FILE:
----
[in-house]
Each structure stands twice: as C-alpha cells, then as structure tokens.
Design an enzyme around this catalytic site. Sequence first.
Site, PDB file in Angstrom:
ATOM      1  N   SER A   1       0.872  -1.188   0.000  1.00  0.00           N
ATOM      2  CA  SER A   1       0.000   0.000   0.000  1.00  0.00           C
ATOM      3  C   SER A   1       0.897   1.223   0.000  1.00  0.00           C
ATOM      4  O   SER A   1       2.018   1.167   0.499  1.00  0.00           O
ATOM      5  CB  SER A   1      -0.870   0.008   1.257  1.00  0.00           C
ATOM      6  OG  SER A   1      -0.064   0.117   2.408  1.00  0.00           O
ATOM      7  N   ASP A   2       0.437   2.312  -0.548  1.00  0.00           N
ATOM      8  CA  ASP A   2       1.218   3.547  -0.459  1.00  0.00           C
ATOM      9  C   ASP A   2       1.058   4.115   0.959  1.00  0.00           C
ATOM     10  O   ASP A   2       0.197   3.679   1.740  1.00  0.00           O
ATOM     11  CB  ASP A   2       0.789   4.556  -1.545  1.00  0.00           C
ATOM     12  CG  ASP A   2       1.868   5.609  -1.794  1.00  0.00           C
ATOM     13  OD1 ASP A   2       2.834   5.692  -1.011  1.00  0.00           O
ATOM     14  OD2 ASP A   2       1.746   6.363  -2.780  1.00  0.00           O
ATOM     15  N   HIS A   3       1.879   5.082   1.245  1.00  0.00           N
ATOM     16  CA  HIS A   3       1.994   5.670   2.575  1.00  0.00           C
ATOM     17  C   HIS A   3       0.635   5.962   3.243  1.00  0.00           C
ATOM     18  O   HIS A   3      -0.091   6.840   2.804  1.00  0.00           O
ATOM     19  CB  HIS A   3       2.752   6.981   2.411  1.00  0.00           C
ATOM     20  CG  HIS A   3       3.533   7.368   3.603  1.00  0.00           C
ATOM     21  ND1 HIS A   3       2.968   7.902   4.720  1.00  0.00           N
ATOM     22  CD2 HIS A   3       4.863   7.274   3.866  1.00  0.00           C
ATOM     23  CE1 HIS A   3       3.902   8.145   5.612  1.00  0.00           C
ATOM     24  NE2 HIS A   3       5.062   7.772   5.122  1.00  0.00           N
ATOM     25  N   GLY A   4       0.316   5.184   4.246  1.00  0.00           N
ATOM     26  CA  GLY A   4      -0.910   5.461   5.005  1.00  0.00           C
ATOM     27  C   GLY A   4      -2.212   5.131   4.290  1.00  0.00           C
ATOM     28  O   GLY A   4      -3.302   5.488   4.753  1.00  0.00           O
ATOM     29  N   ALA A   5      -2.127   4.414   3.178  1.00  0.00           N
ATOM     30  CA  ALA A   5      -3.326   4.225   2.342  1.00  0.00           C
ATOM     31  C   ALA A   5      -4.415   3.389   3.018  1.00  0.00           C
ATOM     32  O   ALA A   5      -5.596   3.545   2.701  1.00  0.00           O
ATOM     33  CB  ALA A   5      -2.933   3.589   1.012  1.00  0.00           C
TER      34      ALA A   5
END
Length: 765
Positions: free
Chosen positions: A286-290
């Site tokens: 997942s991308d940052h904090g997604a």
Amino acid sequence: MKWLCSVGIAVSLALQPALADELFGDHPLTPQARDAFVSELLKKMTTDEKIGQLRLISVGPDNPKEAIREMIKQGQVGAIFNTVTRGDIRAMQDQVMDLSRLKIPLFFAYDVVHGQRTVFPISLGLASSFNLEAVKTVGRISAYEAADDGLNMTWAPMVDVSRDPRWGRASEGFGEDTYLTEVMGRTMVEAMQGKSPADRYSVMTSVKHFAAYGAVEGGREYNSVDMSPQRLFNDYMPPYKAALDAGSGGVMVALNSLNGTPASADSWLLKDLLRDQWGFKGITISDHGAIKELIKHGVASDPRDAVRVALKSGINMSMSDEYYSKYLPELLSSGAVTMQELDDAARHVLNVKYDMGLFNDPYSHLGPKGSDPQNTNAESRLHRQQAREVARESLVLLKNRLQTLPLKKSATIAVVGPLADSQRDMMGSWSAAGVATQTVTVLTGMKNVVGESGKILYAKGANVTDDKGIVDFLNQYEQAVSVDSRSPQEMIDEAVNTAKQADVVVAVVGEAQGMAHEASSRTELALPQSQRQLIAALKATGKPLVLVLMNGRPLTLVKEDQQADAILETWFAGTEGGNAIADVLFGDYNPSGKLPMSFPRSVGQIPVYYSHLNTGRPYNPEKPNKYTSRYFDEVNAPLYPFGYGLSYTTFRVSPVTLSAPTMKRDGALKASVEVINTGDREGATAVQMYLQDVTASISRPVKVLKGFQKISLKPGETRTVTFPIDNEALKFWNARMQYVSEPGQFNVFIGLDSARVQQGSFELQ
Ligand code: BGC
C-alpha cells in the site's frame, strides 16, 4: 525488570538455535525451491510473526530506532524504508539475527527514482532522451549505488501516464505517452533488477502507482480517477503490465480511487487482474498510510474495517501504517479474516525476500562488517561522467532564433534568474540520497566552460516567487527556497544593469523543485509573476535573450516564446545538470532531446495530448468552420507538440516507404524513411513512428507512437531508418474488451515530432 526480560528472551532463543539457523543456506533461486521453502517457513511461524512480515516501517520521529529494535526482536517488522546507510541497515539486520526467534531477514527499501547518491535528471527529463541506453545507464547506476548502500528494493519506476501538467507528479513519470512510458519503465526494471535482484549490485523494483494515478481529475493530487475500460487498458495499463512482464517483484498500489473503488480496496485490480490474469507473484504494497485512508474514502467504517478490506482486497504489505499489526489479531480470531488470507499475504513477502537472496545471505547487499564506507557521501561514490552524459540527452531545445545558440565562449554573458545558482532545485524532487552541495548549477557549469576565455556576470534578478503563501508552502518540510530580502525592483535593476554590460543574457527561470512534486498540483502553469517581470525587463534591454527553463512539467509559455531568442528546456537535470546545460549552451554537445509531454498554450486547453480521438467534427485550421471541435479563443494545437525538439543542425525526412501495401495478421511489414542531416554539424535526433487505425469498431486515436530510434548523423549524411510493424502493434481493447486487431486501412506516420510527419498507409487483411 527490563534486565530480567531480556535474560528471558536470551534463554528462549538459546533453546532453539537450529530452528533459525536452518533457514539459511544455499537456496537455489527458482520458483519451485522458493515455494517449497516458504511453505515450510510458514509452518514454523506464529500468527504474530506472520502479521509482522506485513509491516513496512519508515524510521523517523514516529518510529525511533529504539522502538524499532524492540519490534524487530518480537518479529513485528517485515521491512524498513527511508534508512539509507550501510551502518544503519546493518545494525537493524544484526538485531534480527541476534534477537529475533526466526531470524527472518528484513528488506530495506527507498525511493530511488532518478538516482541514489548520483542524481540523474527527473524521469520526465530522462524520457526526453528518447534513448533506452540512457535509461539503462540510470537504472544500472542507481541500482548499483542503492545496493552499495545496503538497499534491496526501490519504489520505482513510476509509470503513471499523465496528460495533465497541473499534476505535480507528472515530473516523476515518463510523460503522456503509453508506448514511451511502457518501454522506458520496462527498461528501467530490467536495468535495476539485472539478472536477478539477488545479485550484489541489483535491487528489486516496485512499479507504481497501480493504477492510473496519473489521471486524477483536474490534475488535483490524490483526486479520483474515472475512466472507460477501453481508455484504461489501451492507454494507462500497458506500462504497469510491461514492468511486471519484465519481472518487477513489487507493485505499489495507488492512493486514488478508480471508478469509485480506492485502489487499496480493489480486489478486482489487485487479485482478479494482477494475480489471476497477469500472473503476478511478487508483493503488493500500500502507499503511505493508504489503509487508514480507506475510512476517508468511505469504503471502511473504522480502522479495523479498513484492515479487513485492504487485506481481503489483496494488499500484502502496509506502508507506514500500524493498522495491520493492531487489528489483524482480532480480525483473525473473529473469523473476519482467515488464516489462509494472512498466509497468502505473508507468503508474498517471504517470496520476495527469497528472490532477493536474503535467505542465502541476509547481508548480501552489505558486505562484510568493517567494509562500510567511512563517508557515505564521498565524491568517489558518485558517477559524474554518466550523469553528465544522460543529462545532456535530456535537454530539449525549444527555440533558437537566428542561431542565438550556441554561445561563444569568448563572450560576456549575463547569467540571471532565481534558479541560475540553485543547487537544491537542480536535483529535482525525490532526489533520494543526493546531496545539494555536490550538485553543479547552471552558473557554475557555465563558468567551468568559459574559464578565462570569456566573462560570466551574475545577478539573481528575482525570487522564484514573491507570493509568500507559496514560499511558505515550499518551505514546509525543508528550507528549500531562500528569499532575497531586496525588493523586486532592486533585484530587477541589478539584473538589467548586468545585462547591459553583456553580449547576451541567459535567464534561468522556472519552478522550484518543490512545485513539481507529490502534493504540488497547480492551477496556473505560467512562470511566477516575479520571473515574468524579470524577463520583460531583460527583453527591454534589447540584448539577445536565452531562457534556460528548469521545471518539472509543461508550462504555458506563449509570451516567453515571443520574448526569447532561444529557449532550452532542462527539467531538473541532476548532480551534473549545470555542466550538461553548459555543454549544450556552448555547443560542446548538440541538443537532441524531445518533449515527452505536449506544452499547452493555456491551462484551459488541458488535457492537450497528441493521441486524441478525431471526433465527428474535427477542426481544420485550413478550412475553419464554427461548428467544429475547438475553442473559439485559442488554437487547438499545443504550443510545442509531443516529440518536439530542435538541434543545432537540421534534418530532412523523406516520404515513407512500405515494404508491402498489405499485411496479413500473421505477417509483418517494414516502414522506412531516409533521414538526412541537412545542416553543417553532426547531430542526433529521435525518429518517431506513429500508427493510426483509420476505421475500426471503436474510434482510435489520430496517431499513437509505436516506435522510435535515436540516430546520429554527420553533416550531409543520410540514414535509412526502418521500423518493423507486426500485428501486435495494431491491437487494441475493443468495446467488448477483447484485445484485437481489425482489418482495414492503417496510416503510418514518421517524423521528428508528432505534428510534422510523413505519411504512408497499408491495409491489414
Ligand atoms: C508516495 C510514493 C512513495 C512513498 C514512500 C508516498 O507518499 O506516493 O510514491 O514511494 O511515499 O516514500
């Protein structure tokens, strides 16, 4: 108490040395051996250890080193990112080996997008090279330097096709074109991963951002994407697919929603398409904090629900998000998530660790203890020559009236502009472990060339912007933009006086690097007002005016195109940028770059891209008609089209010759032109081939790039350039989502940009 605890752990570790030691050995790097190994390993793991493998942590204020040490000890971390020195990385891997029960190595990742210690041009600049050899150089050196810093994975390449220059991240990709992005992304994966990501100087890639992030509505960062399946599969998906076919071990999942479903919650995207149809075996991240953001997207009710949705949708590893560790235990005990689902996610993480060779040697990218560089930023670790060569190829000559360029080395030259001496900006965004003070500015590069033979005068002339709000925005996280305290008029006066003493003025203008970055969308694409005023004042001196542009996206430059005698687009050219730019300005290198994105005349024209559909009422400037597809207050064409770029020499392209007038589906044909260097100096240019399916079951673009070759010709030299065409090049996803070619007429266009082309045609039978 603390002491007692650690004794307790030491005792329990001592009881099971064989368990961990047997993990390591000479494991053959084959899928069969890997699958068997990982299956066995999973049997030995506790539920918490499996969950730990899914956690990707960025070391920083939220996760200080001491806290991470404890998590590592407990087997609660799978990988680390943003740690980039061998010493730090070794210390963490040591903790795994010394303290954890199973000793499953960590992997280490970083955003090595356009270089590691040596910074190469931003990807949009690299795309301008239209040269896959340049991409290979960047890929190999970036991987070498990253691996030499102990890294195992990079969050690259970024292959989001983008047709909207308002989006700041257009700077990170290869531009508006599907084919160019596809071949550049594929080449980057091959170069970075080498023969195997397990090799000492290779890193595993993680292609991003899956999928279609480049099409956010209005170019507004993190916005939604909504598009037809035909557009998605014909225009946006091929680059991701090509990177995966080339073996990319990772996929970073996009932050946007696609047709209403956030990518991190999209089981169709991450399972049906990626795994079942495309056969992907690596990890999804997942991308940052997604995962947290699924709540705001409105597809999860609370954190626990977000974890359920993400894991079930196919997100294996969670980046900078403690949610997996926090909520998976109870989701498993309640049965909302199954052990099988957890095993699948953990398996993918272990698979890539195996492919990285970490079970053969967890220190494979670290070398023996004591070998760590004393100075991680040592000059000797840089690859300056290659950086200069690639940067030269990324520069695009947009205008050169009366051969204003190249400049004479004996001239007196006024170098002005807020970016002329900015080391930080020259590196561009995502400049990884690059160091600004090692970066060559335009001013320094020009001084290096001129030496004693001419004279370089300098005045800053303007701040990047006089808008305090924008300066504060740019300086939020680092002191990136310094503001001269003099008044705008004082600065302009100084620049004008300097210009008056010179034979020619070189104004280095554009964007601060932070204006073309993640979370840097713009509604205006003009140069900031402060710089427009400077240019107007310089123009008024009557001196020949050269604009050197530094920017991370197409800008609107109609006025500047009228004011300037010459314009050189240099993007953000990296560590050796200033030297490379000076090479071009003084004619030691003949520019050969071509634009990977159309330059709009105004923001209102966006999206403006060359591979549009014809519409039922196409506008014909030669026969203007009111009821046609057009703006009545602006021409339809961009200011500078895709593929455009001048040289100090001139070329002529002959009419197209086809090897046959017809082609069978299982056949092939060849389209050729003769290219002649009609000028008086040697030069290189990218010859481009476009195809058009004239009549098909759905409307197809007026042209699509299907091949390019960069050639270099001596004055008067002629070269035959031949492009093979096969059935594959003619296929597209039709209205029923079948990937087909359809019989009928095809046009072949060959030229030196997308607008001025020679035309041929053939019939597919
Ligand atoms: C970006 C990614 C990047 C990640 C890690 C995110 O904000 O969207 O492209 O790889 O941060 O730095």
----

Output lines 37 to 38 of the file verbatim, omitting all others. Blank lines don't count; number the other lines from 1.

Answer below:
ATOM     33  CB  ALA A   5      -2.933   3.589   1.012  1.00  0.00           C
TER      34      ALA A   5